Samantha Kane - Iíd like to talk about reporting. Itís a pretty complicated subject in most call centers, yet itís typically left to the last decision making process when youíre putting in new technology especially if multiple applications are involved. Itís the business rules and the business processes that are going to drive what youíre going to report on, how youíre going to report it and who youíre going to report to. There are a lot of organizations, especially in the financial industries, that have 45 to 80 different kind of reporting services that do not provide summaries and do duplicate information, so what we suggest organizations do is take basic intelligence and the content of the report and teaching what it actually means to the reader. Itís not the number of reports you get, itís the value and intelligence of the report. If you start off with four reports with meaningful content for the reader, and then build it to eight, we typically see better results and use of the information. Interestingly enough call centers are so robust in what information they gather but donít necessarily share or get asked for by the rest of the organization. There are lots of departments such as the marketing department, or lots of folks in the sales department that would probably like to know whatís happening in the call center or something happened that they should know about and it would help them build their campaigns or provide them with real-time business intelligence on the customer they all serve.
Barb Bleiler - I mentioned earlier, mistakes are going to happen. But the one thing that I would like to ask you to do is, are you taking the opportunity to do positive coaching with your reps? When they do something good are you making sure to recognize it and acknowledge them right away? More and more people are coming out saying that they would stay at a location because of a positive reinforcement in their current position. So look in the mirror and say "what are we doing, when I know someoneís doing well am I making sure to applaud them?" I know we had some people in our area that are like "if Iím doing my job, Iím doing 100% let me go, let me do what Iím supposed to do." And there are some like that, but thereís more people that are on the other side of it that are saying, "if Iím doing a good job, tell me, would you let me know, you know I have days where Iím not certain, Iím unsure, Iím not comfortable with what Iím doing." That little pat on the back to say "hey that was a great call you just took, or I just got a compliment from a customer on you," you take that second out if you can and actually give that feedback back to you rep really helps make their day because sometimes their days are hard just like ours, we would like our superiors to come by and say great job.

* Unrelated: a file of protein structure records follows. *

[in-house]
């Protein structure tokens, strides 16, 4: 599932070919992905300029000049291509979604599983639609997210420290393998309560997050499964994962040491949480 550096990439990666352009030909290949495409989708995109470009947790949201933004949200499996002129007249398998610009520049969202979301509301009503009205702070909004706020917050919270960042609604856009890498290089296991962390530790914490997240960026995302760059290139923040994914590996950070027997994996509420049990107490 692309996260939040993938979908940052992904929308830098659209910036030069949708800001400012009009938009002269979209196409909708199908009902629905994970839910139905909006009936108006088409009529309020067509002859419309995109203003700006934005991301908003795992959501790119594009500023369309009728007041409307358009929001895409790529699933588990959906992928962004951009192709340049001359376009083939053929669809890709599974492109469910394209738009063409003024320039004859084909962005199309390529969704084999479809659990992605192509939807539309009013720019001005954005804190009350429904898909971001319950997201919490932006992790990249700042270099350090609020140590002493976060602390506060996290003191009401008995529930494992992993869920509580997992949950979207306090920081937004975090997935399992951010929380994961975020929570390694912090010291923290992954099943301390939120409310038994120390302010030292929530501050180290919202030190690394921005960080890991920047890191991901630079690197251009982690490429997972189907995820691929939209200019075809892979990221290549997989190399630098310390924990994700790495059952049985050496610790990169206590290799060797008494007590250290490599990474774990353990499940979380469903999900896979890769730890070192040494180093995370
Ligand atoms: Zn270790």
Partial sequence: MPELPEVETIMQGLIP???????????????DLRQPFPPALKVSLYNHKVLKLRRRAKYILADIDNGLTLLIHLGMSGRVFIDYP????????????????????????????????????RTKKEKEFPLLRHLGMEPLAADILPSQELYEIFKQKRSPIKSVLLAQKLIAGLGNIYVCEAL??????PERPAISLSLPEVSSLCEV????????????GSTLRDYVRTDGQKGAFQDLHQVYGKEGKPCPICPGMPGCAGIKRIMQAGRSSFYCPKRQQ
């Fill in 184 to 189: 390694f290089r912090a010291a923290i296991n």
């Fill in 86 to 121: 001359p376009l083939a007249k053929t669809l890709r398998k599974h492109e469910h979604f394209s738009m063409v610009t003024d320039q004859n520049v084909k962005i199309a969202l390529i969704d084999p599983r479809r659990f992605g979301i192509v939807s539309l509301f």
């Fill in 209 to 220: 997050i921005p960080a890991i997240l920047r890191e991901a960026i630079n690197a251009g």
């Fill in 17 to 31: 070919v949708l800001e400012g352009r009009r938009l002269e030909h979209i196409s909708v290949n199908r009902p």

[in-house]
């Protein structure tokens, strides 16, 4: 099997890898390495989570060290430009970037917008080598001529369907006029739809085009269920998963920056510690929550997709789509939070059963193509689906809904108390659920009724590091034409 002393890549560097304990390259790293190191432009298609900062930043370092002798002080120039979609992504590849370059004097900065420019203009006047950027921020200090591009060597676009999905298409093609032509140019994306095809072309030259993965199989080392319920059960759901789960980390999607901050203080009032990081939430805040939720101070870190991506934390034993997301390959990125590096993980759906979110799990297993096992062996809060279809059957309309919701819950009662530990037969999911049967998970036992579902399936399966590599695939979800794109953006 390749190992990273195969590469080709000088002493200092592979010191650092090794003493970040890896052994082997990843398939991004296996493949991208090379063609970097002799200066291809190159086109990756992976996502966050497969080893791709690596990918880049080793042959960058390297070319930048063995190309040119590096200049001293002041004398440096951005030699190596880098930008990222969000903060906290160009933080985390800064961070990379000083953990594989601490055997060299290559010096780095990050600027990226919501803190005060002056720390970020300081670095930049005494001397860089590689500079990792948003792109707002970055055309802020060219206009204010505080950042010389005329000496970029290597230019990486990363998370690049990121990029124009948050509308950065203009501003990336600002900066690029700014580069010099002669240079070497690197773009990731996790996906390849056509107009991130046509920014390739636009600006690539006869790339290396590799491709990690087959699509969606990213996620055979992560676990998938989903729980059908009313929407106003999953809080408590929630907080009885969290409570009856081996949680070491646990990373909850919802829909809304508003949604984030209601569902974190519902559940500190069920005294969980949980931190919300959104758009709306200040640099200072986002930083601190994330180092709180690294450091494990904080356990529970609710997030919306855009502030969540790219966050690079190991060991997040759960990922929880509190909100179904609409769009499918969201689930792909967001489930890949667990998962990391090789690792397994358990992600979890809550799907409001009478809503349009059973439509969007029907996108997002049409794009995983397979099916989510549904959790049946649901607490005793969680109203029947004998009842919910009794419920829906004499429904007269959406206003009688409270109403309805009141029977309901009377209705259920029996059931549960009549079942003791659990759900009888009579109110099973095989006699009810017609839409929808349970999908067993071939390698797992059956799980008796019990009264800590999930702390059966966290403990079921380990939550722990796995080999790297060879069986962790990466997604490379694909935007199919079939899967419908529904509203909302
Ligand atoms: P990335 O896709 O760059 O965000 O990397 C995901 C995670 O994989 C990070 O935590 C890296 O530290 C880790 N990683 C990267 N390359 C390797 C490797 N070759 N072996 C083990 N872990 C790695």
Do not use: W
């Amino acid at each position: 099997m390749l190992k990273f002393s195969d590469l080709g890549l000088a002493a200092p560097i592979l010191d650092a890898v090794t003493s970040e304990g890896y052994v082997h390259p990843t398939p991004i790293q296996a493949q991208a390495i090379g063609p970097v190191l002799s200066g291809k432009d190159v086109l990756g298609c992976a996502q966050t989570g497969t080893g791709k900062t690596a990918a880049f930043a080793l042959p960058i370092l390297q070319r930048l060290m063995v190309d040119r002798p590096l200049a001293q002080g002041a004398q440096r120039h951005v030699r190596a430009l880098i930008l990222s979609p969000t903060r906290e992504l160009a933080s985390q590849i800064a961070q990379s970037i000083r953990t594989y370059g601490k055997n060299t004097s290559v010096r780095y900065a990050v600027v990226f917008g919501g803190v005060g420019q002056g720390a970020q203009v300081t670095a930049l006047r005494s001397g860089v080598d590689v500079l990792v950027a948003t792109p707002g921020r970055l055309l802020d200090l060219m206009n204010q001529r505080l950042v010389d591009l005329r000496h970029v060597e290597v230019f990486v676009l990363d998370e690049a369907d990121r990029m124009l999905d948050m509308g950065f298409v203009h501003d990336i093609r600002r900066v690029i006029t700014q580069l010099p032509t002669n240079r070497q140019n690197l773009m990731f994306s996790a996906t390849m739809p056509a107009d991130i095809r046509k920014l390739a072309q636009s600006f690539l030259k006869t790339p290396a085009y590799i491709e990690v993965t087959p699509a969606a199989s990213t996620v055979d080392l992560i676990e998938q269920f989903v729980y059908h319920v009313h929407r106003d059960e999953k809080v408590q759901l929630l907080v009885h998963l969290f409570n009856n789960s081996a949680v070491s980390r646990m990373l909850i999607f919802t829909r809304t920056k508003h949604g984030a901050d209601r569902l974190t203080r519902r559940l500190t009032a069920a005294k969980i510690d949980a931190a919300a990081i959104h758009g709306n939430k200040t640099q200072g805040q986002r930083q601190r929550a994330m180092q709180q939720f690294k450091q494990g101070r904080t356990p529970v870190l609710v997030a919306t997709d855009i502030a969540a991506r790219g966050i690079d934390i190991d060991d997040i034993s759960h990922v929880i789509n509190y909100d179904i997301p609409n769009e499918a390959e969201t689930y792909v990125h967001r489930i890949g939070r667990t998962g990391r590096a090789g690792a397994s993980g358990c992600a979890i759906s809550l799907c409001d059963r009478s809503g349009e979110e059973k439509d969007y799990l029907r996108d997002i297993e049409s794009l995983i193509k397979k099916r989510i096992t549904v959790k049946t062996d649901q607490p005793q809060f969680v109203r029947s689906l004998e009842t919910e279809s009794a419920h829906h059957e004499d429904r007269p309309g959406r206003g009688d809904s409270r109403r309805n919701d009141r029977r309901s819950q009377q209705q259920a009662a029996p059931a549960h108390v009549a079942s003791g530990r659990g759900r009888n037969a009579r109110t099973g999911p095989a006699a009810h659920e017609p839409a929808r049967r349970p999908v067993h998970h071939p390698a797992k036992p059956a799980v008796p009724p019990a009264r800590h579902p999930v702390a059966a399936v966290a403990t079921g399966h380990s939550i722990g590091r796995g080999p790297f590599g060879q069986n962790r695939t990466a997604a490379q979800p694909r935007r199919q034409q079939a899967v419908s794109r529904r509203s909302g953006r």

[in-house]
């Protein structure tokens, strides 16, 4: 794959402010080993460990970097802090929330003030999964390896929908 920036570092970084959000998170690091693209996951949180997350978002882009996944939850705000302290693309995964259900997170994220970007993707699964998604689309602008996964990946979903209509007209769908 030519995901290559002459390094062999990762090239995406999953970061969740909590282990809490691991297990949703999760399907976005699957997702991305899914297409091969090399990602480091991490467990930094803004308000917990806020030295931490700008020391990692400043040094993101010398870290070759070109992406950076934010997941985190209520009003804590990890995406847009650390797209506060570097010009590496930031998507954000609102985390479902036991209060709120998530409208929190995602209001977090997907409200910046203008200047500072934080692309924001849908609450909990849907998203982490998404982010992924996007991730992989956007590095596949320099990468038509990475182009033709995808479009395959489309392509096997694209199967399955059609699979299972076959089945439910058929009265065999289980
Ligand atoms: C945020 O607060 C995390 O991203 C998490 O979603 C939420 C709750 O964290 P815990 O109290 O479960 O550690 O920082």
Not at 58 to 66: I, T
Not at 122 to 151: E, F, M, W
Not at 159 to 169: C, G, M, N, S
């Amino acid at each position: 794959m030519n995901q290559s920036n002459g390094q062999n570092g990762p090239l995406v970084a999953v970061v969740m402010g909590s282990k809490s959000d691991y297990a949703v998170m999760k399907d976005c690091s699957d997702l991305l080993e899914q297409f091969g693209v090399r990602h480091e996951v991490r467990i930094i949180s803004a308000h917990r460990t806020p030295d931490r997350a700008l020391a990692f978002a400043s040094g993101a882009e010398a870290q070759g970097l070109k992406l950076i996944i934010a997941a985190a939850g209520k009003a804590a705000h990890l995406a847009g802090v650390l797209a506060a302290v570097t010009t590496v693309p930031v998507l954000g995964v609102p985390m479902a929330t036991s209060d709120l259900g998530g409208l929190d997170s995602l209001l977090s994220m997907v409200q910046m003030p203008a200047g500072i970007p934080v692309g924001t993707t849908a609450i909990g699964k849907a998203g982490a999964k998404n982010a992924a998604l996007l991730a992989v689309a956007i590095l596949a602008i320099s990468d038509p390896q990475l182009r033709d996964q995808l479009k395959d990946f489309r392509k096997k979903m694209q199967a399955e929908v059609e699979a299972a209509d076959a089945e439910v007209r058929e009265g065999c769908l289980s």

Beel Yaqub- Resource planning is vital for your contact centre success. Your clients count on you to be there for them when they need you. We also know that schedules are the most talked about irritant for contact centre employees. Having a fair and equitable process is very important. What is equally important is providing your employees with a clear line of sight into when they can achieve a more desirable schedule which can accommodate their life and work balance needs. This is done by introducing mini shift bids which allows you to provide more desirable shifts to your employee base on a regular basis. The bid must reward both performance and tenure. Introducing flex schedules and part time profiles will also allow you to provide your workforce with flexible options in addition to improving you organizations ability to enhance service level consistency.
Vicki Herrell-SWPP-[email protected] - I am going to suggest that you invite vendors to show you their products. And I know what you are thinking, "What we don't need is another call from a sales person trying to sell us something for our call center." But don't think of these people as interruptions. Vendors can be your resources to teach you about the new technologies and products for the call center. Have your managers invite the vendors who have products in your call center to come in and present their ideas, show their wares, and help you keep up to date on what is new and innovative. And you as attendees here at ICCM have a fabulous opportunity to just go upstairs and talk with the vendors in the exhibit hall upstairs and let them tell you what is new in the industry and what is beginning to develop. You don't have to buy anything but it is great way to get new ideas and keep educated on what is out there.
William (Bill) Durr - No, you donít have to buy anything, we are happy to talk to you all day long. Honest. Letís talk about service level and I donít know what your service level is or how you go about getting it, check all the organizations you want and you will find that when the center is below service level there is focused pressure to recover but when the service level goal is exceeded there is backslapping and high fives. Let me offer you this idea, service level is not like profit, more is not necessarily better. Service level is more like tire pressure, there is a target with a minimum acceptable low and a maximum acceptable high. Performance beyond these limits is financially irresponsible. If you over-achieve on service level you have actually incurred higher costs than you were expected to incur for the organization.
NEW Call Center Comics!
If you like this comic and
would like to see more write Ozzie at
[email protected] and visit his website at
or just click on the comic to take you to his page. The
NACC appreciates Ozzie letting us use some of his comics
in our newsletter.
Your company logo here. To find out more, contact David Butler at
To view past issues of
In Queue, please
If you would like to contribute to
In Queue, please reply to this email with "Contribute" in the subject
Copyright 2009 National Association of Call Centers